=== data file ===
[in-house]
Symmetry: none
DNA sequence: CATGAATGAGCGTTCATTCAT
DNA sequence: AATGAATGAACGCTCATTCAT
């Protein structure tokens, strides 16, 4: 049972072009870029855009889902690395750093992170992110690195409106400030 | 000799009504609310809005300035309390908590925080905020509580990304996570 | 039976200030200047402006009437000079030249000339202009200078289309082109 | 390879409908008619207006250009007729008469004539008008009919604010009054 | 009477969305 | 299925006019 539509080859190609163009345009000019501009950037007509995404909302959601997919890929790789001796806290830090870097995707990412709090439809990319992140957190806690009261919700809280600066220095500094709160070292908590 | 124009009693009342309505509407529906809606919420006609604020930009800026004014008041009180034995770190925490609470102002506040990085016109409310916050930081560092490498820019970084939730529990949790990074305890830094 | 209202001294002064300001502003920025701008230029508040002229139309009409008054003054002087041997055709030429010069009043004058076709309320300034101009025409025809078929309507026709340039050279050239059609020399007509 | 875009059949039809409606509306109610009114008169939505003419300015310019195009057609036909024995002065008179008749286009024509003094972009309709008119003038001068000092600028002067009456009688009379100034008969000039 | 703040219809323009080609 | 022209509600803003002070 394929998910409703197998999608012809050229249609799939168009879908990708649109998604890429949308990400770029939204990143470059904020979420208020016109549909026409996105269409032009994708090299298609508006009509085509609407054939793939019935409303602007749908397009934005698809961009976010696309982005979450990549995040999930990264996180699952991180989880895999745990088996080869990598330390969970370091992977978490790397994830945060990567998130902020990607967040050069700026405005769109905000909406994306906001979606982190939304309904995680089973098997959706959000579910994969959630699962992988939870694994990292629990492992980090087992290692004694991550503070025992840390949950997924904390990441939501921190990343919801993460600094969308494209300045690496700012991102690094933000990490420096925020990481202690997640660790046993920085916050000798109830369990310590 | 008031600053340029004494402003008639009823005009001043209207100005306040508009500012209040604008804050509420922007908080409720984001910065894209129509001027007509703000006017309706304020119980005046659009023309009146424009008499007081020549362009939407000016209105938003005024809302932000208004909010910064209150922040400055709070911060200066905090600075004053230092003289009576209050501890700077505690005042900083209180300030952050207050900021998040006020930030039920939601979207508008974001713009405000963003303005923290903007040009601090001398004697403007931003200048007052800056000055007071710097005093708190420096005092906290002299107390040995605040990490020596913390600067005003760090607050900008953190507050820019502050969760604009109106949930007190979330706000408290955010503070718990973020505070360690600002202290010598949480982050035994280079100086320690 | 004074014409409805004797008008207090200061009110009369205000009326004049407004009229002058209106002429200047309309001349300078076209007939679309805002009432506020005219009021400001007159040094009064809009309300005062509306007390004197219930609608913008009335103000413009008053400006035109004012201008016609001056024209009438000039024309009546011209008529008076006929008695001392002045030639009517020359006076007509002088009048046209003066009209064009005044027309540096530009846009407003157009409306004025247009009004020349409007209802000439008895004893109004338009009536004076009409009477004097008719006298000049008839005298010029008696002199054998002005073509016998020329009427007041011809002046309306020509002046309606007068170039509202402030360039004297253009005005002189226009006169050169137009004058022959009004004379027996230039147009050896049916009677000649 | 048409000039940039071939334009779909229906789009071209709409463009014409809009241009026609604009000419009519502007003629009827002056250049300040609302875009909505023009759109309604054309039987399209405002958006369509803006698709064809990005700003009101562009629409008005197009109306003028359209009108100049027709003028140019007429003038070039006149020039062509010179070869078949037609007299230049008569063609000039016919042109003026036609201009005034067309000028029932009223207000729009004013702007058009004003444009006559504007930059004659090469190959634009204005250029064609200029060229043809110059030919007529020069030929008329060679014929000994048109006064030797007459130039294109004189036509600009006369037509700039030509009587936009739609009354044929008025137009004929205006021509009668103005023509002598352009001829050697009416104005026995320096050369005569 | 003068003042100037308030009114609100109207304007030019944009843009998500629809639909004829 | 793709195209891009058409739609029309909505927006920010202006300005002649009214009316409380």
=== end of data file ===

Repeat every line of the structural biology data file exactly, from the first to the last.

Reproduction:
[in-house]
Symmetry: none
DNA sequence: CATGAATGAGCGTTCATTCAT
DNA sequence: AATGAATGAACGCTCATTCAT
């Protein structure tokens, strides 16, 4: 049972072009870029855009889902690395750093992170992110690195409106400030 | 000799009504609310809005300035309390908590925080905020509580990304996570 | 039976200030200047402006009437000079030249000339202009200078289309082109 | 390879409908008619207006250009007729008469004539008008009919604010009054 | 009477969305 | 299925006019 539509080859190609163009345009000019501009950037007509995404909302959601997919890929790789001796806290830090870097995707990412709090439809990319992140957190806690009261919700809280600066220095500094709160070292908590 | 124009009693009342309505509407529906809606919420006609604020930009800026004014008041009180034995770190925490609470102002506040990085016109409310916050930081560092490498820019970084939730529990949790990074305890830094 | 209202001294002064300001502003920025701008230029508040002229139309009409008054003054002087041997055709030429010069009043004058076709309320300034101009025409025809078929309507026709340039050279050239059609020399007509 | 875009059949039809409606509306109610009114008169939505003419300015310019195009057609036909024995002065008179008749286009024509003094972009309709008119003038001068000092600028002067009456009688009379100034008969000039 | 703040219809323009080609 | 022209509600803003002070 394929998910409703197998999608012809050229249609799939168009879908990708649109998604890429949308990400770029939204990143470059904020979420208020016109549909026409996105269409032009994708090299298609508006009509085509609407054939793939019935409303602007749908397009934005698809961009976010696309982005979450990549995040999930990264996180699952991180989880895999745990088996080869990598330390969970370091992977978490790397994830945060990567998130902020990607967040050069700026405005769109905000909406994306906001979606982190939304309904995680089973098997959706959000579910994969959630699962992988939870694994990292629990492992980090087992290692004694991550503070025992840390949950997924904390990441939501921190990343919801993460600094969308494209300045690496700012991102690094933000990490420096925020990481202690997640660790046993920085916050000798109830369990310590 | 008031600053340029004494402003008639009823005009001043209207100005306040508009500012209040604008804050509420922007908080409720984001910065894209129509001027007509703000006017309706304020119980005046659009023309009146424009008499007081020549362009939407000016209105938003005024809302932000208004909010910064209150922040400055709070911060200066905090600075004053230092003289009576209050501890700077505690005042900083209180300030952050207050900021998040006020930030039920939601979207508008974001713009405000963003303005923290903007040009601090001398004697403007931003200048007052800056000055007071710097005093708190420096005092906290002299107390040995605040990490020596913390600067005003760090607050900008953190507050820019502050969760604009109106949930007190979330706000408290955010503070718990973020505070360690600002202290010598949480982050035994280079100086320690 | 004074014409409805004797008008207090200061009110009369205000009326004049407004009229002058209106002429200047309309001349300078076209007939679309805002009432506020005219009021400001007159040094009064809009309300005062509306007390004197219930609608913008009335103000413009008053400006035109004012201008016609001056024209009438000039024309009546011209008529008076006929008695001392002045030639009517020359006076007509002088009048046209003066009209064009005044027309540096530009846009407003157009409306004025247009009004020349409007209802000439008895004893109004338009009536004076009409009477004097008719006298000049008839005298010029008696002199054998002005073509016998020329009427007041011809002046309306020509002046309606007068170039509202402030360039004297253009005005002189226009006169050169137009004058022959009004004379027996230039147009050896049916009677000649 | 048409000039940039071939334009779909229906789009071209709409463009014409809009241009026609604009000419009519502007003629009827002056250049300040609302875009909505023009759109309604054309039987399209405002958006369509803006698709064809990005700003009101562009629409008005197009109306003028359209009108100049027709003028140019007429003038070039006149020039062509010179070869078949037609007299230049008569063609000039016919042109003026036609201009005034067309000028029932009223207000729009004013702007058009004003444009006559504007930059004659090469190959634009204005250029064609200029060229043809110059030919007529020069030929008329060679014929000994048109006064030797007459130039294109004189036509600009006369037509700039030509009587936009739609009354044929008025137009004929205006021509009668103005023509002598352009001829050697009416104005026995320096050369005569 | 003068003042100037308030009114609100109207304007030019944009843009998500629809639909004829 | 793709195209891009058409739609029309909505927006920010202006300005002649009214009316409380």